The inseparable companion of imperialism is militarism. This refers not to the defense of the country but to vested interests in the military as a way of life, in the expansion of the military establishment at the expense of civilian sectors of our government, and in making a living by working for the armed forces, military think tanks, or the munitions industries. Service in our armed forces is no longer an obligation of citizenship, as it was back in 1953 when I served in the Navy. Since 1973, it has been a career choice, one often made by citizens trying to escape from one or another dead-end of our society. That is why African-Americans are twice as well represented in the Army as they are in our population and why 50% of the women in the armed forces are from minorities. Army Pfc. Jessica Lynch, who was wounded at Nasiriyah during the assault on
Today, we have a professional, permanent standing army that costs around three-quarters of a trillion dollars a year -- that is, about $750 billion. This amount includes the annual Defense Department appropriation for weapons and salaries of $427 billion, another $75 billion for
The two most famous warnings about militarism in our history came from two prominent generals who became presidents. The first was by George Washington in his Farewell Address of September 1796. He wrote, "Overgrown military establishments are under any form of government inauspicious to liberty, and are to be regarded as particularly hostile to republican liberty." The key phrase here is republican liberty (with a lower case 'r').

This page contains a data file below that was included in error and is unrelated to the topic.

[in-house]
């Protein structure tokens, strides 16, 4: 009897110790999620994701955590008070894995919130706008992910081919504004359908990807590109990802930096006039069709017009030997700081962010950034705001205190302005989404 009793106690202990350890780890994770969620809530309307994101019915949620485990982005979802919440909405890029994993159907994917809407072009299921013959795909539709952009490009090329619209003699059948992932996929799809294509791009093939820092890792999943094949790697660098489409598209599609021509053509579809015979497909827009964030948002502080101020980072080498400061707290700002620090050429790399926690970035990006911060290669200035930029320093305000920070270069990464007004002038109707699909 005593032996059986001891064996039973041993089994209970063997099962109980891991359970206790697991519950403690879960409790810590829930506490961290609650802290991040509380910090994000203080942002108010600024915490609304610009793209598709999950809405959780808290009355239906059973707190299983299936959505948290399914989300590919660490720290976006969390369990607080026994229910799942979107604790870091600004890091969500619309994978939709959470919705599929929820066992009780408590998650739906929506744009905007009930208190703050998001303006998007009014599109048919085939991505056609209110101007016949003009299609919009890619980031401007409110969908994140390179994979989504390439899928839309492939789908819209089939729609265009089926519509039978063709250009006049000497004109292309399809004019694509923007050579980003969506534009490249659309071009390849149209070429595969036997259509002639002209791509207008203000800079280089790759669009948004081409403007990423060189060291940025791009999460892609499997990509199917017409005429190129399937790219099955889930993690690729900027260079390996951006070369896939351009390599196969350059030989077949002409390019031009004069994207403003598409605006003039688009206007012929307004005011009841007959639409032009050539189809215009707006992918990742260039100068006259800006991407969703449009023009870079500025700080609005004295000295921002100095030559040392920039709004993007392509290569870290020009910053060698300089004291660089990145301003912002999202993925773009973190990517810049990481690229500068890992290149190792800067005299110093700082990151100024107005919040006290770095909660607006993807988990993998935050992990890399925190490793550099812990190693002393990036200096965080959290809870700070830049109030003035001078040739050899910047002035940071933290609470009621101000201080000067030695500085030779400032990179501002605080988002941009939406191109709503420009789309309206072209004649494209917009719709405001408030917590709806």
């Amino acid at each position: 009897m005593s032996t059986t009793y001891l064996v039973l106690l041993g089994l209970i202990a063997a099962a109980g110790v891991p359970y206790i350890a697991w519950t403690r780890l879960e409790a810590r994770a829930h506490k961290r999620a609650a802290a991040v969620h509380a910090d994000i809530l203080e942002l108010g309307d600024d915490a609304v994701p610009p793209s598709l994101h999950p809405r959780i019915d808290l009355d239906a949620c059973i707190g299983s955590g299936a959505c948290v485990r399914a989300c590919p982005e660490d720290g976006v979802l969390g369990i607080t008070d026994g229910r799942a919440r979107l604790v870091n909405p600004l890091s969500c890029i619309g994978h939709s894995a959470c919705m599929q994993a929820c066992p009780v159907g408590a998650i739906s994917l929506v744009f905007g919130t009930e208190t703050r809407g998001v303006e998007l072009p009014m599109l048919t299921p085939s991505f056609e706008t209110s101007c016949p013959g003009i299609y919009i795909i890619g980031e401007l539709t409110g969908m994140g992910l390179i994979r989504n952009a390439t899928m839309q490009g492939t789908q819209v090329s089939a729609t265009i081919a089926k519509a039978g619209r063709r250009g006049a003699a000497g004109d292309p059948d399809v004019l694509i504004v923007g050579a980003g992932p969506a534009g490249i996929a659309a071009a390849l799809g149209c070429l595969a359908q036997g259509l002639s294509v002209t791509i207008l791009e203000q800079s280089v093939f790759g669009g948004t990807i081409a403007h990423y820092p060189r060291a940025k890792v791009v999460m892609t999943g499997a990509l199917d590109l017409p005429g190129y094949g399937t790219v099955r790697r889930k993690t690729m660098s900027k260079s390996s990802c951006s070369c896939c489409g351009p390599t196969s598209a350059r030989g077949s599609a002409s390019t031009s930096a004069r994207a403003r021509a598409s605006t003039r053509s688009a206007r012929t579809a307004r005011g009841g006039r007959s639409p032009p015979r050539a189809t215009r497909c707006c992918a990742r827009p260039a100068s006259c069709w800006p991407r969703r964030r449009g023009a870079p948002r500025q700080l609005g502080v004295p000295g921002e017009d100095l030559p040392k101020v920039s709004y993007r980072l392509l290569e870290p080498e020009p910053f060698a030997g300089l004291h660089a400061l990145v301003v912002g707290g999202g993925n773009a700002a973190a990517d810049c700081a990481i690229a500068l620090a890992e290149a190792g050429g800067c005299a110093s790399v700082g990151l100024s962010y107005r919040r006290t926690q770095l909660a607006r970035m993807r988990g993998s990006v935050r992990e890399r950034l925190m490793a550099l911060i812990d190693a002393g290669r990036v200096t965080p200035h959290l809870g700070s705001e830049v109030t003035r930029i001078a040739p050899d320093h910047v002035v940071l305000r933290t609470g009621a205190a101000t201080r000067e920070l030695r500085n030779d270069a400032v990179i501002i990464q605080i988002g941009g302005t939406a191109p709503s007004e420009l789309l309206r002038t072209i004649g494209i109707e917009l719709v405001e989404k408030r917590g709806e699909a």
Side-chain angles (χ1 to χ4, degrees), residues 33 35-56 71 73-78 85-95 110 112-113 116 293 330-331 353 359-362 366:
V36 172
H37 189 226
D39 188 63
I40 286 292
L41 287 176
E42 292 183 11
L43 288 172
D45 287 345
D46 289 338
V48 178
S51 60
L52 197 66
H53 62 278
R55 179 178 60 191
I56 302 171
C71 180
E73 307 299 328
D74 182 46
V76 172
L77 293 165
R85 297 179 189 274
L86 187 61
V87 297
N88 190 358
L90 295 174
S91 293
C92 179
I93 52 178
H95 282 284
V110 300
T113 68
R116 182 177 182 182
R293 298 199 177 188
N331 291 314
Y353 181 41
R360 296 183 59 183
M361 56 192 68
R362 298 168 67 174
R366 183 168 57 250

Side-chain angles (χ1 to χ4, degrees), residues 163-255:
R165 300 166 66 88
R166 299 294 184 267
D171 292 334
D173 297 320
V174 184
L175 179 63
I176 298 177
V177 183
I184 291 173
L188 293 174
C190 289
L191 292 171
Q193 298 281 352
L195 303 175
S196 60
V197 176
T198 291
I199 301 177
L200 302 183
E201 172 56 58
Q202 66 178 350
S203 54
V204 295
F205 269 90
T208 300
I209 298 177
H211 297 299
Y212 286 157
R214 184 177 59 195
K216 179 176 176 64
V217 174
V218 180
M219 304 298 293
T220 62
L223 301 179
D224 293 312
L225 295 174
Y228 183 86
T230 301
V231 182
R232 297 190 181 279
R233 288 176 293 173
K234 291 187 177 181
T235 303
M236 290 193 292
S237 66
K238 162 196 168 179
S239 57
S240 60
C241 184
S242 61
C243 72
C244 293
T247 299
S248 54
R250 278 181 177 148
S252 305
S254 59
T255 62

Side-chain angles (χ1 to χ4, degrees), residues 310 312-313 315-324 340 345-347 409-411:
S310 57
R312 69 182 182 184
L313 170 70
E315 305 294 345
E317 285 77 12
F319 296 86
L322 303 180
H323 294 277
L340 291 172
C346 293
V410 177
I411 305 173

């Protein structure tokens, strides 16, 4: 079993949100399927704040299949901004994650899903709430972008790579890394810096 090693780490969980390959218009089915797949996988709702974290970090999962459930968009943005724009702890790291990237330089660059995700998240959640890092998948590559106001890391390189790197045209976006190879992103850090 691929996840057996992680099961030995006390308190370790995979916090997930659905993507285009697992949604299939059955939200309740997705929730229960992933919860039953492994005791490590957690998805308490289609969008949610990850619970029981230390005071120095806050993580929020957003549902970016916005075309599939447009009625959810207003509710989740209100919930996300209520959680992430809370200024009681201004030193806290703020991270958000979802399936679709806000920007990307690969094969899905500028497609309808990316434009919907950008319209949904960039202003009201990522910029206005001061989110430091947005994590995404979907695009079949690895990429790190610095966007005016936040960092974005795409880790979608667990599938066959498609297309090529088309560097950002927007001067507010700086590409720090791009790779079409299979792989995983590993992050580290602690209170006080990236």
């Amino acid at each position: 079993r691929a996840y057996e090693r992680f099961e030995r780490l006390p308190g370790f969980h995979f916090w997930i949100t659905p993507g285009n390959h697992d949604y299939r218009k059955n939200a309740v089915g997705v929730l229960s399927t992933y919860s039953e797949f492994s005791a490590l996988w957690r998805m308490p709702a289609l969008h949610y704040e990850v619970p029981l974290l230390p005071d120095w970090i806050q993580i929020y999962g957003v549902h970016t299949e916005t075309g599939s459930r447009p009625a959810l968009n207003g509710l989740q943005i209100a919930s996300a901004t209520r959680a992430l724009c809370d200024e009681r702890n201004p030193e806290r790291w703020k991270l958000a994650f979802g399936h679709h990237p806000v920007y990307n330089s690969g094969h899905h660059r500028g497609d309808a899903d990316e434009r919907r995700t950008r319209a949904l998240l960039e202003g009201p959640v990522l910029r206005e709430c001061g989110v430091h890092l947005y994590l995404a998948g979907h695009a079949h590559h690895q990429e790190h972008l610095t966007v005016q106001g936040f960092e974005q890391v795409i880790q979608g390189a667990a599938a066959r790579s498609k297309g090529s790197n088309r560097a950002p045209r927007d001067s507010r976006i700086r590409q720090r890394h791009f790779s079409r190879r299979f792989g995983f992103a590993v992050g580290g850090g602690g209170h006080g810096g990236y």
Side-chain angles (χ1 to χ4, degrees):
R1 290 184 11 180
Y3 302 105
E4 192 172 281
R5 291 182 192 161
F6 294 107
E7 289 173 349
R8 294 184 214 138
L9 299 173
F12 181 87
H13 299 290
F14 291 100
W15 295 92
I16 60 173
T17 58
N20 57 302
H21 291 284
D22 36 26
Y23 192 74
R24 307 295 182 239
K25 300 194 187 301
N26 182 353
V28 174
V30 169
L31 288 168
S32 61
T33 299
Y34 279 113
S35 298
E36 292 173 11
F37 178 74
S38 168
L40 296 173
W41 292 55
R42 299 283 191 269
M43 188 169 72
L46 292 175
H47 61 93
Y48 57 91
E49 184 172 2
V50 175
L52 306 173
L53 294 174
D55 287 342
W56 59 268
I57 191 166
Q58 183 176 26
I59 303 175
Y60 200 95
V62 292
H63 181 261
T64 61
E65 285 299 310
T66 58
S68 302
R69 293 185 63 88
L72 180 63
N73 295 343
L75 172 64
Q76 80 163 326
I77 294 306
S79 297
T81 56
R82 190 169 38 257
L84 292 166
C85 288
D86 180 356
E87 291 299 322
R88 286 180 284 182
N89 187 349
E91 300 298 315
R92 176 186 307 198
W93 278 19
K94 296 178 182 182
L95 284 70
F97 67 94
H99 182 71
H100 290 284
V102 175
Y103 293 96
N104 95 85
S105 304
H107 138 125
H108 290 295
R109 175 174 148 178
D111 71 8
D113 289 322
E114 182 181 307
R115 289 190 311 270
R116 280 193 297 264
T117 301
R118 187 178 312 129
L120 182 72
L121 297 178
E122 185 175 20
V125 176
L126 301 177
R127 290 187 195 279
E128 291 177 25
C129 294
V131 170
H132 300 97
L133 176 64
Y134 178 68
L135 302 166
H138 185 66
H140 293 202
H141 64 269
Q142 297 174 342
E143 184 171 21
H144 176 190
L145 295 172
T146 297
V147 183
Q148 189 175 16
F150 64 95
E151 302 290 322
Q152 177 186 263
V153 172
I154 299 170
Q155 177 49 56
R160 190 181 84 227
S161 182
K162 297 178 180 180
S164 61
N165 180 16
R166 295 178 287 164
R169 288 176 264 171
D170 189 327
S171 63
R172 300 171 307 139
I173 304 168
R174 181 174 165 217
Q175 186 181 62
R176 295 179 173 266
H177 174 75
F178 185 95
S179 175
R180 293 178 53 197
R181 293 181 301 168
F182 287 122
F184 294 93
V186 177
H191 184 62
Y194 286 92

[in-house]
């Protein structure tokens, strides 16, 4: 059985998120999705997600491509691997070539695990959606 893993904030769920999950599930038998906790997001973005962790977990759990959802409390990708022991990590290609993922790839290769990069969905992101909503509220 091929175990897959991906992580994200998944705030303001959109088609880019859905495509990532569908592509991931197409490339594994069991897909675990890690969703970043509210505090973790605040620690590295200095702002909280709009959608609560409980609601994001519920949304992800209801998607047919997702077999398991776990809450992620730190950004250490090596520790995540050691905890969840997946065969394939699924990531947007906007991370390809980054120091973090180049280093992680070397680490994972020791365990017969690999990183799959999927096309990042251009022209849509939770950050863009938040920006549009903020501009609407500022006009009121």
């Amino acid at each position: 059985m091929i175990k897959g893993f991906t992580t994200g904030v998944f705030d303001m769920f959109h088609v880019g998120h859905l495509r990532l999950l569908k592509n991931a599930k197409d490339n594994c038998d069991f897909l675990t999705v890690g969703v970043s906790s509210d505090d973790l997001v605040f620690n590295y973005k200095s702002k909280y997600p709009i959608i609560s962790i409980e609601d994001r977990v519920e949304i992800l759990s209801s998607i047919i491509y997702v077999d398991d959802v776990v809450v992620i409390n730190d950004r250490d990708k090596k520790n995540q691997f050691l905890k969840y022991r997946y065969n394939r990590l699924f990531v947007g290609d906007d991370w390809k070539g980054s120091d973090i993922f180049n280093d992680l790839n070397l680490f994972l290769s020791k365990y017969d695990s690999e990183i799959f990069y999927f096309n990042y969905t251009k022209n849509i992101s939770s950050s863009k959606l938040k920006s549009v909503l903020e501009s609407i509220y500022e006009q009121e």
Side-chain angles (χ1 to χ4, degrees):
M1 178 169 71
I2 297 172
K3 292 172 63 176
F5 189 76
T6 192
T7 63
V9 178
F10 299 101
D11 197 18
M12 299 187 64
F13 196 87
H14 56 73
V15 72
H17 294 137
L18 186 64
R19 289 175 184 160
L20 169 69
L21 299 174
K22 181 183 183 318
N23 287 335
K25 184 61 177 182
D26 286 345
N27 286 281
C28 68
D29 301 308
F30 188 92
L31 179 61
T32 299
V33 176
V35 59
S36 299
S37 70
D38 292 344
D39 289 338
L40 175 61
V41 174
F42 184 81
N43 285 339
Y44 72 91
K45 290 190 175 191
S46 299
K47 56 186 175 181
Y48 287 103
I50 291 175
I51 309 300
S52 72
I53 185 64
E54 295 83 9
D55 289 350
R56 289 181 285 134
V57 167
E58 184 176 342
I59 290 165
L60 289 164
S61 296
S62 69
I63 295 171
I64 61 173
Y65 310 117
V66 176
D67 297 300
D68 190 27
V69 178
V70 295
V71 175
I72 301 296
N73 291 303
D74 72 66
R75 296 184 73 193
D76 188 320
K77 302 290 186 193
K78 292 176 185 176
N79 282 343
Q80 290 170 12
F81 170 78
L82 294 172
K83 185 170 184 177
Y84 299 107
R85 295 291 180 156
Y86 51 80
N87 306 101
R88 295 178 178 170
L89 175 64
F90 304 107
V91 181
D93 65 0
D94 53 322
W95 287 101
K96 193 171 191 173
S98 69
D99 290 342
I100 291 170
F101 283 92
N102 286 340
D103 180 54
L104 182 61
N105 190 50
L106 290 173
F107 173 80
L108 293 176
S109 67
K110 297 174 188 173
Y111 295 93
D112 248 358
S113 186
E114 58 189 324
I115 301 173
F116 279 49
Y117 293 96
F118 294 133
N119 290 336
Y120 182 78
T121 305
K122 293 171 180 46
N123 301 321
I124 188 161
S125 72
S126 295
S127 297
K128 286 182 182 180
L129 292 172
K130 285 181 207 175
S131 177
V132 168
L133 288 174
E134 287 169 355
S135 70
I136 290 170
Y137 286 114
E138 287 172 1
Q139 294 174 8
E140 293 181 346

No less important than
Unfortunately, we Americans did not heed this warning and today the Department of Defense and its supporting military-industrial complex dominate our government. Of the money we spend on foreign affairs, 93% is controlled by the Pentagon, only 7% by the State Department. The biggest of all our weapons companies is the Lockheed Martin Corporation. In the year prior to the outbreak of the
In The Sorrows of Empire I devote the final chapter to the likely consequences of our imperialism and militarism: perpetual war, the end of the Republic, official lying and disinformation, and bankruptcy. I document how advanced these are in our society. I hope you will read my analysis. My intent is to mobilize inattentive citizens to information that I know they don't have -- because our government does everything in its power to see that they don't -- but that they need if they are not to lose our Republic and the civil liberties it defends.